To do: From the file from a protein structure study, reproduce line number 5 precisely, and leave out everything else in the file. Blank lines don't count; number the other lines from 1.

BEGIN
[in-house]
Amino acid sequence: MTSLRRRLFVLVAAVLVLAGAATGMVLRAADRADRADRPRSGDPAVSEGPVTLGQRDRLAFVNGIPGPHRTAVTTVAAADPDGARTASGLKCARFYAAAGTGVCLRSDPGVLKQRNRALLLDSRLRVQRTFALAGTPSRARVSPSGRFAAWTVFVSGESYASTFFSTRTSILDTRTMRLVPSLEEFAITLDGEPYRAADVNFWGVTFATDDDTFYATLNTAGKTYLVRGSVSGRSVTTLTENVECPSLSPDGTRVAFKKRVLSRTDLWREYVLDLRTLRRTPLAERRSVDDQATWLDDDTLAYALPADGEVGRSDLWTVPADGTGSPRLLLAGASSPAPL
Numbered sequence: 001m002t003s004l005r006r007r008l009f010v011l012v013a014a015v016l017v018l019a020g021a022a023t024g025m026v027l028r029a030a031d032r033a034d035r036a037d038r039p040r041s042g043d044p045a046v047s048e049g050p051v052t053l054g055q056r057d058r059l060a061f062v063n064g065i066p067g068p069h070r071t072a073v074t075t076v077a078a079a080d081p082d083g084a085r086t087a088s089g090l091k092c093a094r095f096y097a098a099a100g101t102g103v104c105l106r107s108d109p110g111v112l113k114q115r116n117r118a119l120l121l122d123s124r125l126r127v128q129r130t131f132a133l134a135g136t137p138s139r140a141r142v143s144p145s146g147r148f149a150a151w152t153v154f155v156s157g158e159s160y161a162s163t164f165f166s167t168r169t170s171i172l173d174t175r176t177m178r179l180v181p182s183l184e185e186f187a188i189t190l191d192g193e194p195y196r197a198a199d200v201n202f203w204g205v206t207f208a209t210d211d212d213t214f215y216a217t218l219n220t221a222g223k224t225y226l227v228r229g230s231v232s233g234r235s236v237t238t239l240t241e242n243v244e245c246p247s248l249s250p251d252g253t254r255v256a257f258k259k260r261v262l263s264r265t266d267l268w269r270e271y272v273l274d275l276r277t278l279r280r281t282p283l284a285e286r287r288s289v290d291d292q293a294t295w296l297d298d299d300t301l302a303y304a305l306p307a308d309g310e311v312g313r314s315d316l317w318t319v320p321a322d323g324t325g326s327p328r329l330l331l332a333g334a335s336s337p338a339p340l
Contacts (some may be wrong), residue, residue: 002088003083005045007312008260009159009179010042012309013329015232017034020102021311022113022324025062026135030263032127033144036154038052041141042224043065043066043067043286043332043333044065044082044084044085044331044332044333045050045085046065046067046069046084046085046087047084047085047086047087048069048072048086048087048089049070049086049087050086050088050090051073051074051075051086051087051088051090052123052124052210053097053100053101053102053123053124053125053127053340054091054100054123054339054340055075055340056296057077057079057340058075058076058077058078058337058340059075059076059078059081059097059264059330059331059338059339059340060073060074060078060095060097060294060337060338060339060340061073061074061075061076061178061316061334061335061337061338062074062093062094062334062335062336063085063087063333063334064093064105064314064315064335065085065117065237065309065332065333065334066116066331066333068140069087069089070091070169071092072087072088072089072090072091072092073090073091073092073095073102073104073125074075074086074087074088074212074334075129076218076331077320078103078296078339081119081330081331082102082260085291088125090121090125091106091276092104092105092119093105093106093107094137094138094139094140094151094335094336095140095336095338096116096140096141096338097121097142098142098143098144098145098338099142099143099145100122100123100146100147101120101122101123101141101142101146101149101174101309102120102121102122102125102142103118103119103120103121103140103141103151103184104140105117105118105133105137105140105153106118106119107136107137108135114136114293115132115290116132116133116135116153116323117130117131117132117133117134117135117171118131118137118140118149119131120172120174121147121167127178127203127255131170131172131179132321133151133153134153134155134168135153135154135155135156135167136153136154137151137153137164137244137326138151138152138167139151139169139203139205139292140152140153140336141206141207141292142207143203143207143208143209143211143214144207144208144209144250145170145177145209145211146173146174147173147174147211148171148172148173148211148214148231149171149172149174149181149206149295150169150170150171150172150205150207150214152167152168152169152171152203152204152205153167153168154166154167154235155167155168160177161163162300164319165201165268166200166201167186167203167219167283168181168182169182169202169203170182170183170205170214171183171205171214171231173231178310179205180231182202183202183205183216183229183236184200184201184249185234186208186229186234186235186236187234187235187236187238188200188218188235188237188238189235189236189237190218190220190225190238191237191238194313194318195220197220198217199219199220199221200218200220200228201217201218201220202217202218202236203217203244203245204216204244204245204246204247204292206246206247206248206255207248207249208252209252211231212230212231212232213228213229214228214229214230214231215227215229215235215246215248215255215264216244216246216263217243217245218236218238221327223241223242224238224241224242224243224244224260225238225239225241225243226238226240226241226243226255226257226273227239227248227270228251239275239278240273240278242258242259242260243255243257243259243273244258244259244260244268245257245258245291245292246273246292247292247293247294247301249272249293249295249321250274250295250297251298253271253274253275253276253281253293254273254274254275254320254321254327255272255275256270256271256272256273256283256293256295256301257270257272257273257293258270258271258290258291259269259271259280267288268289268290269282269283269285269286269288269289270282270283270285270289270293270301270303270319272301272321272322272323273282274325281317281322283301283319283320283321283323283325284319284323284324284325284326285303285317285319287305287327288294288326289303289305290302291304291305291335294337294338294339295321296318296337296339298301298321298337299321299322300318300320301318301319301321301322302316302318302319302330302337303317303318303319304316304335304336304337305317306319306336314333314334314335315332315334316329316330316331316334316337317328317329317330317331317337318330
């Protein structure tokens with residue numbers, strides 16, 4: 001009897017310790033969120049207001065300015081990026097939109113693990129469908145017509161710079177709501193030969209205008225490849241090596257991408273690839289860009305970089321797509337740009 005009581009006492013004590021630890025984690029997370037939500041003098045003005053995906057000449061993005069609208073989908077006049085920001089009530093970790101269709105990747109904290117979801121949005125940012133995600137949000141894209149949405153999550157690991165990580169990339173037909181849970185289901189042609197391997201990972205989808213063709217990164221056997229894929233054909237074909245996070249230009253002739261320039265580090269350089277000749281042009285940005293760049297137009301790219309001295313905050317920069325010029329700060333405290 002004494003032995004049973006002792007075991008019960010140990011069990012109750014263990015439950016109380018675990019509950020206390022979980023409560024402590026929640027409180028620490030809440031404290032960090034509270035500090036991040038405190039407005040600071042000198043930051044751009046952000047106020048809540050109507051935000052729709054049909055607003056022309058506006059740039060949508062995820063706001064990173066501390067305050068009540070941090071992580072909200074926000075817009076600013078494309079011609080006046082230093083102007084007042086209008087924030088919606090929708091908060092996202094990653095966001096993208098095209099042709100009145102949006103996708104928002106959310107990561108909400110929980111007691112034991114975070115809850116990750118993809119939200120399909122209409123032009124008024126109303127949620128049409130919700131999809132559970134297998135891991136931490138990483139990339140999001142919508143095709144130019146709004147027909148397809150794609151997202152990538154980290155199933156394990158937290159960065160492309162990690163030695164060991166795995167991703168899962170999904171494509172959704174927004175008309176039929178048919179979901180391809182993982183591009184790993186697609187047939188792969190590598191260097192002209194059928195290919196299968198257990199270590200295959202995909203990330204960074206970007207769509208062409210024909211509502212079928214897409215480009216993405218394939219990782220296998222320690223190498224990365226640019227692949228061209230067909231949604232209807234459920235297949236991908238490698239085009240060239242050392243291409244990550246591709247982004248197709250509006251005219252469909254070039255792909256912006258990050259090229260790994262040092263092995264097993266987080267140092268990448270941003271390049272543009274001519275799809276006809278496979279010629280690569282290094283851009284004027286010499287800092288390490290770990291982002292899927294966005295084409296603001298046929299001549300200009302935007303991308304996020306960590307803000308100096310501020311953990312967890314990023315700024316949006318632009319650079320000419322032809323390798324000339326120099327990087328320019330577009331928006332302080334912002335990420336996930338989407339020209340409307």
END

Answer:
């Protein structure tokens with residue numbers, strides 16, 4: 001009897017310790033969120049207001065300015081990026097939109113693990129469908145017509161710079177709501193030969209205008225490849241090596257991408273690839289860009305970089321797509337740009 005009581009006492013004590021630890025984690029997370037939500041003098045003005053995906057000449061993005069609208073989908077006049085920001089009530093970790101269709105990747109904290117979801121949005125940012133995600137949000141894209149949405153999550157690991165990580169990339173037909181849970185289901189042609197391997201990972205989808213063709217990164221056997229894929233054909237074909245996070249230009253002739261320039265580090269350089277000749281042009285940005293760049297137009301790219309001295313905050317920069325010029329700060333405290 002004494003032995004049973006002792007075991008019960010140990011069990012109750014263990015439950016109380018675990019509950020206390022979980023409560024402590026929640027409180028620490030809440031404290032960090034509270035500090036991040038405190039407005040600071042000198043930051044751009046952000047106020048809540050109507051935000052729709054049909055607003056022309058506006059740039060949508062995820063706001064990173066501390067305050068009540070941090071992580072909200074926000075817009076600013078494309079011609080006046082230093083102007084007042086209008087924030088919606090929708091908060092996202094990653095966001096993208098095209099042709100009145102949006103996708104928002106959310107990561108909400110929980111007691112034991114975070115809850116990750118993809119939200120399909122209409123032009124008024126109303127949620128049409130919700131999809132559970134297998135891991136931490138990483139990339140999001142919508143095709144130019146709004147027909148397809150794609151997202152990538154980290155199933156394990158937290159960065160492309162990690163030695164060991166795995167991703168899962170999904171494509172959704174927004175008309176039929178048919179979901180391809182993982183591009184790993186697609187047939188792969190590598191260097192002209194059928195290919196299968198257990199270590200295959202995909203990330204960074206970007207769509208062409210024909211509502212079928214897409215480009216993405218394939219990782220296998222320690223190498224990365226640019227692949228061209230067909231949604232209807234459920235297949236991908238490698239085009240060239242050392243291409244990550246591709247982004248197709250509006251005219252469909254070039255792909256912006258990050259090229260790994262040092263092995264097993266987080267140092268990448270941003271390049272543009274001519275799809276006809278496979279010629280690569282290094283851009284004027286010499287800092288390490290770990291982002292899927294966005295084409296603001298046929299001549300200009302935007303991308304996020306960590307803000308100096310501020311953990312967890314990023315700024316949006318632009319650079320000419322032809323390798324000339326120099327990087328320019330577009331928006332302080334912002335990420336996930338989407339020209340409307």